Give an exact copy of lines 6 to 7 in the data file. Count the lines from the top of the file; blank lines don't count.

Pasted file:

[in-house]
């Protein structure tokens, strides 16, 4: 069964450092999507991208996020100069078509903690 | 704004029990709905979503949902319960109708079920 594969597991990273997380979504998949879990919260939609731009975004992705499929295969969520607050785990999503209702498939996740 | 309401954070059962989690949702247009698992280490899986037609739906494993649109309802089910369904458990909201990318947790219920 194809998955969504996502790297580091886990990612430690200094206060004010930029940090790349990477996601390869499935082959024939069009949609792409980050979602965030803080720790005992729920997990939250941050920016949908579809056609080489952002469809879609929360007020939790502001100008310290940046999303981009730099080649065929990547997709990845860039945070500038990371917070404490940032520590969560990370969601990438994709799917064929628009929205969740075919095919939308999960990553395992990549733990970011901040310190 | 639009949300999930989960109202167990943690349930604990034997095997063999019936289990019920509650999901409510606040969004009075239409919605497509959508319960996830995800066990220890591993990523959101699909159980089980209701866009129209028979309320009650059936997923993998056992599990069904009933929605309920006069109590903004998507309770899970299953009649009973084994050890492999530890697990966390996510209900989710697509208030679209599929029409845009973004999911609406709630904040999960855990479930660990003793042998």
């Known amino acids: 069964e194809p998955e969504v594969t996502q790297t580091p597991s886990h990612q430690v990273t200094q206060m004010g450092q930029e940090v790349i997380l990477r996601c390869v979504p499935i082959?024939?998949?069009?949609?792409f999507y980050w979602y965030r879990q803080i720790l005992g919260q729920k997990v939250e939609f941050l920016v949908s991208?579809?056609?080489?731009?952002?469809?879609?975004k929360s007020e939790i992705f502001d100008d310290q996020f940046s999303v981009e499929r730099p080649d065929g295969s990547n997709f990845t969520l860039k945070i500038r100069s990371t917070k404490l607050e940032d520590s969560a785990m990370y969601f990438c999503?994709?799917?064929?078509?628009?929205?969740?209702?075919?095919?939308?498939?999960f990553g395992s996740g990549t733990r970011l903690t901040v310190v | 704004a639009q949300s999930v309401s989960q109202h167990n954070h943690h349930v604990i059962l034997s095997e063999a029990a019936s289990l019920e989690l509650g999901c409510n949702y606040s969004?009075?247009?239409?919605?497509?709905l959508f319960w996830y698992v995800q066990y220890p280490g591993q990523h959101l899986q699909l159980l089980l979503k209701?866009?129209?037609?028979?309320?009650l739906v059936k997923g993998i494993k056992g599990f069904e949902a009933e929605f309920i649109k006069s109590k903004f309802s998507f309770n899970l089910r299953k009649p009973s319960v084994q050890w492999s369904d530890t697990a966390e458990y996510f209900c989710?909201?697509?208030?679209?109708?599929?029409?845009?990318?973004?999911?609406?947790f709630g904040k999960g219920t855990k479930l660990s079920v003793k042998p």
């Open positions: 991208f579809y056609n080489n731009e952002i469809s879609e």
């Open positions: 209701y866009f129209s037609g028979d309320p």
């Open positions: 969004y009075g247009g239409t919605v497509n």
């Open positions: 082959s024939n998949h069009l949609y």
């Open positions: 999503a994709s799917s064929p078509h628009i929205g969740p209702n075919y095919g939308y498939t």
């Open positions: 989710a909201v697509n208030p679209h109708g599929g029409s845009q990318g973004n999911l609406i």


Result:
């Open positions: 969004y009075g247009g239409t919605v497509n």
């Open positions: 082959s024939n998949h069009l949609y």